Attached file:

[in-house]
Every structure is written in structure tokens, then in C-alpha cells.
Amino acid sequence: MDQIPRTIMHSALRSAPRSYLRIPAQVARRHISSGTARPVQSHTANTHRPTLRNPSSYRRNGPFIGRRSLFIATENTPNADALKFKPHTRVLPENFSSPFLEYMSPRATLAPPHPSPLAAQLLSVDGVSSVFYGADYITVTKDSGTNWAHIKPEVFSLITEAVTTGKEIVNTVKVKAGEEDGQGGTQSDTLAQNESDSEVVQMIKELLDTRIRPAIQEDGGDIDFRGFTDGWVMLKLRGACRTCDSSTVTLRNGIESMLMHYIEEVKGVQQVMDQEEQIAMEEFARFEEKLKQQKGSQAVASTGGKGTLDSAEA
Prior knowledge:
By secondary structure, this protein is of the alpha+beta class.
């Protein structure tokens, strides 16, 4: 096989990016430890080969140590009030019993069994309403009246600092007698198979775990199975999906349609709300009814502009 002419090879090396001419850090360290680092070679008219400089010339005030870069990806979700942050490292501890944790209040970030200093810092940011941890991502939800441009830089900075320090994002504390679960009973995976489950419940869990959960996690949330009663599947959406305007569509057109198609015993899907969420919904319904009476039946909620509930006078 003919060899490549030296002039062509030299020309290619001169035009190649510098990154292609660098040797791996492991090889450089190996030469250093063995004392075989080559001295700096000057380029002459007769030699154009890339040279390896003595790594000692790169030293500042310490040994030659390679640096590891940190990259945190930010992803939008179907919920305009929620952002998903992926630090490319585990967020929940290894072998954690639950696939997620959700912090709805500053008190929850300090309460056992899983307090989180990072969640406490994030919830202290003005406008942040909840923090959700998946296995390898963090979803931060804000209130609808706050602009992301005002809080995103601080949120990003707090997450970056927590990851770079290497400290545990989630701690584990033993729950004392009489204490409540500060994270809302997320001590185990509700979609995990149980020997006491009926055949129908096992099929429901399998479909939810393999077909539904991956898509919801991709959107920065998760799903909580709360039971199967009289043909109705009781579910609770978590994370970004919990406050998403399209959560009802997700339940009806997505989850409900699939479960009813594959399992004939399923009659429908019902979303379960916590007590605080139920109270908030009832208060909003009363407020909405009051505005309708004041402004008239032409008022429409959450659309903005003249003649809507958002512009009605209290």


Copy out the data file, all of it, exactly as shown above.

[in-house]
Every structure is written in structure tokens, then in C-alpha cells.
Amino acid sequence: MDQIPRTIMHSALRSAPRSYLRIPAQVARRHISSGTARPVQSHTANTHRPTLRNPSSYRRNGPFIGRRSLFIATENTPNADALKFKPHTRVLPENFSSPFLEYMSPRATLAPPHPSPLAAQLLSVDGVSSVFYGADYITVTKDSGTNWAHIKPEVFSLITEAVTTGKEIVNTVKVKAGEEDGQGGTQSDTLAQNESDSEVVQMIKELLDTRIRPAIQEDGGDIDFRGFTDGWVMLKLRGACRTCDSSTVTLRNGIESMLMHYIEEVKGVQQVMDQEEQIAMEEFARFEEKLKQQKGSQAVASTGGKGTLDSAEA
Prior knowledge:
By secondary structure, this protein is of the alpha+beta class.
């Protein structure tokens, strides 16, 4: 096989990016430890080969140590009030019993069994309403009246600092007698198979775990199975999906349609709300009814502009 002419090879090396001419850090360290680092070679008219400089010339005030870069990806979700942050490292501890944790209040970030200093810092940011941890991502939800441009830089900075320090994002504390679960009973995976489950419940869990959960996690949330009663599947959406305007569509057109198609015993899907969420919904319904009476039946909620509930006078 003919060899490549030296002039062509030299020309290619001169035009190649510098990154292609660098040797791996492991090889450089190996030469250093063995004392075989080559001295700096000057380029002459007769030699154009890339040279390896003595790594000692790169030293500042310490040994030659390679640096590891940190990259945190930010992803939008179907919920305009929620952002998903992926630090490319585990967020929940290894072998954690639950696939997620959700912090709805500053008190929850300090309460056992899983307090989180990072969640406490994030919830202290003005406008942040909840923090959700998946296995390898963090979803931060804000209130609808706050602009992301005002809080995103601080949120990003707090997450970056927590990851770079290497400290545990989630701690584990033993729950004392009489204490409540500060994270809302997320001590185990509700979609995990149980020997006491009926055949129908096992099929429901399998479909939810393999077909539904991956898509919801991709959107920065998760799903909580709360039971199967009289043909109705009781579910609770978590994370970004919990406050998403399209959560009802997700339940009806997505989850409900699939479960009813594959399992004939399923009659429908019902979303379960916590007590605080139920109270908030009832208060909003009363407020909405009051505005309708004041402004008239032409008022429409959450659309903005003249003649809507958002512009009605209290």